Science Inc. is getting into the music business with incubator Heavy Sound Labs - 4 minutes read

Jason Geter, who previously co-founded Grand Hustle Records, told me that he’s looking to “redefine what a record label is today” with his new startup Heavy Sound Labs.

Geter said he sees Heavy Sound — which is part of startup studio Science Inc. — as an extension of the work he’s been doing for decades: He signed on as T.I.’s manager, back when the rapper was only 18, he also said he signed Travis Scott when Scott only had 500 views on YouTube.

“For me, I want to continue doing what I’ve always done, which is prepare [artists] to go to major labels,” he said.

Of course, the music business has changed dramatically since Geter and T.I. founded Grand Hustle in 2003, a change that’s only accelerating as the coronavirus pandemic has brought in-person concerts and tours to a halt.

For one thing, Geter argued, “Traditional labels, they’re pretty much not in the development business anymore” — in other words, they’re not interested in finding young, undiscovered artists and nurturing their careers. At the same time, he suggested that musical subcultures (like the Atlanta hip-hop scene that he calls home) are no longer tied to specific cities.

“Lil Nas X stayed online,” he said. “By the time I found out about him, everyone else did too. It all happened at once.”

As a result, he suggested that finding the next up-and-coming artist no longer means focusing on a geographic scene: “I wanted to be able to put myself out there in a way that someone in Memphis, Houston, Kentucky, Seattle — they really truly are disconnected from the music industry, but they can come to and it’s available for everyone [to apply] without any gatekeepers.”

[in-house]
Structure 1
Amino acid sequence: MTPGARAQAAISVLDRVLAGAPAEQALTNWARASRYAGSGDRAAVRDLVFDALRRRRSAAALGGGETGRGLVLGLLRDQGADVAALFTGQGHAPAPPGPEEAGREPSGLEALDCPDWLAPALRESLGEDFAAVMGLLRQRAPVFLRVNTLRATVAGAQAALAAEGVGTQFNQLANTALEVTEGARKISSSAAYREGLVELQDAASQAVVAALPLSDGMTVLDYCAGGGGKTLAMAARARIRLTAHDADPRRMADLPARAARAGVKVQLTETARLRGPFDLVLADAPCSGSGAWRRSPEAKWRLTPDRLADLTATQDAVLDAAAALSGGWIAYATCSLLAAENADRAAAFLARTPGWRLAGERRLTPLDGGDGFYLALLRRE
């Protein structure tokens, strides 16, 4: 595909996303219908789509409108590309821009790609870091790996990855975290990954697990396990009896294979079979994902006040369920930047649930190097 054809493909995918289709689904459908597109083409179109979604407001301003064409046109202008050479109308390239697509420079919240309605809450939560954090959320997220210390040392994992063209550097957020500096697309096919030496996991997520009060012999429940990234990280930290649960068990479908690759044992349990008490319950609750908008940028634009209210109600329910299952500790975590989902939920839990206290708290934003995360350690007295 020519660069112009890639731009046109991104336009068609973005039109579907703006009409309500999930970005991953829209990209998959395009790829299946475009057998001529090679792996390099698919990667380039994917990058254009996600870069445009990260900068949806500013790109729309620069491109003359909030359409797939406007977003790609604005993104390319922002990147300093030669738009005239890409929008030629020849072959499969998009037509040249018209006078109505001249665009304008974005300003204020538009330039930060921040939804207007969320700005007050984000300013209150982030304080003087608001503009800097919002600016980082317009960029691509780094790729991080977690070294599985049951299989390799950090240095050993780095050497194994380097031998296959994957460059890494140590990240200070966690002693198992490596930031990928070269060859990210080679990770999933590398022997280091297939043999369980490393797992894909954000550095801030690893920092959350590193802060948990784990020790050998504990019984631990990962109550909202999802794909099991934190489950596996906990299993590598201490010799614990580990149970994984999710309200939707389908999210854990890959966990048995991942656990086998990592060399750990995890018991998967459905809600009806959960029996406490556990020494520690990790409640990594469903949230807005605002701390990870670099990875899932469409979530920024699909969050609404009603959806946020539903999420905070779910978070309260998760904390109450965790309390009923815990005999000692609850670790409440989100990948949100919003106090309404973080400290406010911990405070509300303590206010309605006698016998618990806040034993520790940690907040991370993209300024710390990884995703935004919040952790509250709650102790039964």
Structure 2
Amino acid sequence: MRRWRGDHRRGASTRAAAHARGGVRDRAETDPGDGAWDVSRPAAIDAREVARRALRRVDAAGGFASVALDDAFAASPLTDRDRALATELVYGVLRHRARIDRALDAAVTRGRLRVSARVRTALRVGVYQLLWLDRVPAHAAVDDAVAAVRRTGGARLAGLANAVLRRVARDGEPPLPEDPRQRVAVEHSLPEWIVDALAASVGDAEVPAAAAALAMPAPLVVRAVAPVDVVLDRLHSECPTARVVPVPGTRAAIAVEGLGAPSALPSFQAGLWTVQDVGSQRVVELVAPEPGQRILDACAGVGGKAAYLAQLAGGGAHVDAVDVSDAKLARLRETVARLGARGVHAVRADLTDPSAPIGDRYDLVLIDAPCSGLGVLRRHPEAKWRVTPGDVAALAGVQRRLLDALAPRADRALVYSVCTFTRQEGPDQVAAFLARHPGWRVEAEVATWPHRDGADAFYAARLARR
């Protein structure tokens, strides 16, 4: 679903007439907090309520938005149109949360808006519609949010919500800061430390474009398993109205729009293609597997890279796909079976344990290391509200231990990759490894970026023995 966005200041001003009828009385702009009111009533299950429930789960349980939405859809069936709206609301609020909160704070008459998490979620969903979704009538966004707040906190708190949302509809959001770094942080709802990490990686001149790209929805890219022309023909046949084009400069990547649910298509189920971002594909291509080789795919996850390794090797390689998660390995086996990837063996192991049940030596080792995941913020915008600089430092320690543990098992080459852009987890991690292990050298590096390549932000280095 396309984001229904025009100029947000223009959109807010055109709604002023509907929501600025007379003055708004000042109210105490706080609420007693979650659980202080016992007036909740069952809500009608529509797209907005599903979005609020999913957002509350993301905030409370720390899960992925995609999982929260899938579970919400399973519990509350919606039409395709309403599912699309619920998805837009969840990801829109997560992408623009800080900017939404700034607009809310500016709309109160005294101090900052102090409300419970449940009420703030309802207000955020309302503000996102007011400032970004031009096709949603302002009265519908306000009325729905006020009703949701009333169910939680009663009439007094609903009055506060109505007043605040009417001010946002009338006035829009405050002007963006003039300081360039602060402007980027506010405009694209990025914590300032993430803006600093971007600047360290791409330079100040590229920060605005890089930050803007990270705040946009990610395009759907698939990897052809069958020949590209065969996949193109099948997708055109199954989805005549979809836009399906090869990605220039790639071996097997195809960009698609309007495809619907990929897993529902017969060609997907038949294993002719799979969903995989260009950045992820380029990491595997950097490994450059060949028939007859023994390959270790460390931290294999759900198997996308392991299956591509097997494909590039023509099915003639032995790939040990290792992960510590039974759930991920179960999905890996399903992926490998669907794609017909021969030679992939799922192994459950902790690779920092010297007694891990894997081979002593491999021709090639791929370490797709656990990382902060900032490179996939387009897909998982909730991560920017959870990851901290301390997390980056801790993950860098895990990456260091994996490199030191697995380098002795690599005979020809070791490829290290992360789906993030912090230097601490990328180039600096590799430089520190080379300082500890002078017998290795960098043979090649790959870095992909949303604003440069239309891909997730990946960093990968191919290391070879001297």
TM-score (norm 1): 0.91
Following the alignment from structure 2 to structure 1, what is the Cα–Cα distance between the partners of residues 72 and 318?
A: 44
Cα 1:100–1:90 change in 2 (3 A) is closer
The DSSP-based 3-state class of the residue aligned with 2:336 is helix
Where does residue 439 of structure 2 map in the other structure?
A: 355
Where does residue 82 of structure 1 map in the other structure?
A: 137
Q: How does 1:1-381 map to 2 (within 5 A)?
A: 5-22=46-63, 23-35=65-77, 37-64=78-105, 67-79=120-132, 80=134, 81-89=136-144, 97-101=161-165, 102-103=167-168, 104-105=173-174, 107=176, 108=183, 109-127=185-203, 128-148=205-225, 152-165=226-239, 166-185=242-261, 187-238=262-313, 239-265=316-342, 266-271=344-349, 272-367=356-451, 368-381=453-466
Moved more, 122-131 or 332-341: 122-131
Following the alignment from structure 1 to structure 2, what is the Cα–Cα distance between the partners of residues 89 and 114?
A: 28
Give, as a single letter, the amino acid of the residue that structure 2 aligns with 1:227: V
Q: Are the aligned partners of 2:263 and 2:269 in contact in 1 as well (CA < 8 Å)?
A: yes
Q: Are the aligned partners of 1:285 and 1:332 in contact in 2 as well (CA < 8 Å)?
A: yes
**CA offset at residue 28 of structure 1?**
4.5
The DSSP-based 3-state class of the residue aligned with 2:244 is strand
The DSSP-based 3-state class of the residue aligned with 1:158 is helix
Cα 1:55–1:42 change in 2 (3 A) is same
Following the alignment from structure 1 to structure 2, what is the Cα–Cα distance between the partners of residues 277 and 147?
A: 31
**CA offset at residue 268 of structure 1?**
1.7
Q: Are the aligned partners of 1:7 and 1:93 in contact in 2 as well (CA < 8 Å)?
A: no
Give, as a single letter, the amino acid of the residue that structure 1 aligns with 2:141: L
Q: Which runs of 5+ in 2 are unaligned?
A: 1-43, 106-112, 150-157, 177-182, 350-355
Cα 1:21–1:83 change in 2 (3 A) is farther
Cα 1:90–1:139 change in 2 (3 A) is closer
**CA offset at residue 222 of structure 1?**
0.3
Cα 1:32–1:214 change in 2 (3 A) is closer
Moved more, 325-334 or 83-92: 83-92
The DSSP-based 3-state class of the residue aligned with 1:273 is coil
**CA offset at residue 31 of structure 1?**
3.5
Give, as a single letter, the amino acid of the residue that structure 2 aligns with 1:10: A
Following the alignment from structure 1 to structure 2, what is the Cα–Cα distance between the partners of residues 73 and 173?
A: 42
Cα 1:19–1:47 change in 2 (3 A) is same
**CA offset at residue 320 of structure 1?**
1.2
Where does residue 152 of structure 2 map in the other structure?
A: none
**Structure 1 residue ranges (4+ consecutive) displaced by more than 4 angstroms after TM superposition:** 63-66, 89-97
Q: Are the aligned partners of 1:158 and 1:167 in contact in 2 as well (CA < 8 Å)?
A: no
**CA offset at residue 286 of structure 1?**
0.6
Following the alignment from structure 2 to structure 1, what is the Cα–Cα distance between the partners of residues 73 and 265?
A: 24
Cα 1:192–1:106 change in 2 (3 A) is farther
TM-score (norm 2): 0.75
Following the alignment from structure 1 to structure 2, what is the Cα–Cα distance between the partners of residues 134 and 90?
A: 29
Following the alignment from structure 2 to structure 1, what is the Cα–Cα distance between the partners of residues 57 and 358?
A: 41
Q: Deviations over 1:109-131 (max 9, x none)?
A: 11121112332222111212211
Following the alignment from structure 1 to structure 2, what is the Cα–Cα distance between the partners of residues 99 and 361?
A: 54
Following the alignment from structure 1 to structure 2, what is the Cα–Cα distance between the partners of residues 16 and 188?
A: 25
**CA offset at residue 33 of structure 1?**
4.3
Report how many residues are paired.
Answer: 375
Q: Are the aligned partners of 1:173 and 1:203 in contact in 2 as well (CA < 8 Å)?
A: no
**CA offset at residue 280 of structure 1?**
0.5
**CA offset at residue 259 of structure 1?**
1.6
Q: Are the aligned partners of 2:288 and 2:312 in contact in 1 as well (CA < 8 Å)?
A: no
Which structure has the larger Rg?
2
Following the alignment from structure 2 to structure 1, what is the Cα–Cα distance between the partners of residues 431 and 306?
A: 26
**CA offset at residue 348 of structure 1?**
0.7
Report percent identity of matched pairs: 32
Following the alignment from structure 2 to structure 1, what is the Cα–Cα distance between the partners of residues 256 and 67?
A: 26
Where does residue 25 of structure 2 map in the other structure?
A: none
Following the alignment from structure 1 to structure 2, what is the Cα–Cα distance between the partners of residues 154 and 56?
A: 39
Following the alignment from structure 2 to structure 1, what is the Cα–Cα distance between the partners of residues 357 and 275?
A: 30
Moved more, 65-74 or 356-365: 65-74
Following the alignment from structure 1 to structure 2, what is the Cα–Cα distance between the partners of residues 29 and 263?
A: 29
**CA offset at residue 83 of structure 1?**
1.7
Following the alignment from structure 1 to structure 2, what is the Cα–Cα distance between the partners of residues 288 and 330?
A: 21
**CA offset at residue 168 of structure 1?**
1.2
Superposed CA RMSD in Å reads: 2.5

Heavy Sound Labs has an open application process on its website, and it’s already signed artists including AllStarrDaGreat (ADG), 47 Gino and Ralph Weah. The goal is to help those artists build their audience and get them signed to a major label within 24 months.

Geter said he also wants the incubator to avoid what he sees as one of the main structural issues of a traditional label — namely, its exclusive focus on music. Instead, he said Heavy Sound can also help artists explore other avenues, whether that’s fashion or cannabis. The specific contracts will differ from industry to industry, but Geter said the goal is to always partner with the artist in a 50-50 split.

“The music business is traditionally very linear,” he said. “Whether you’re talking about record sales or streams, it’s always one kind of vertical. If you want to talk publishing, they’ll send you to the next floor to talk about publishing, which I’ve never understood.”

Geter added that he’s hoping to reinvent industry internships at the same time. Heavy Sound has already recruited 1,200 people to what it calls its Heavy Crew. Those Crew members gets access a special Slack channel and to industry talks, and they’re then called upon to help promote Heavy Sound artists.

As for how Heavy Sound became part of Science, Geter said he met the startup studio’s co-founder Peter Pham at South by Southwest last year, who quickly suggested that Geter meet with Science co-founder and managing partner Mike Jones.

“Heavy Sound pairs Jason’s unmatched ability to identify and grow talent at the earliest stages of development with the Heavy Crew, a powerful digital network of creatives and fans who can help the artists gain cultural traction,” Jones said in a statement. “The music incubator’s focus on empowering artists and providing a supportive community sets it apart from anything else in the industry. We’re thrilled to work closely with Jason and help Heavy Sound scale this new model in music.”

Source: TechCrunch

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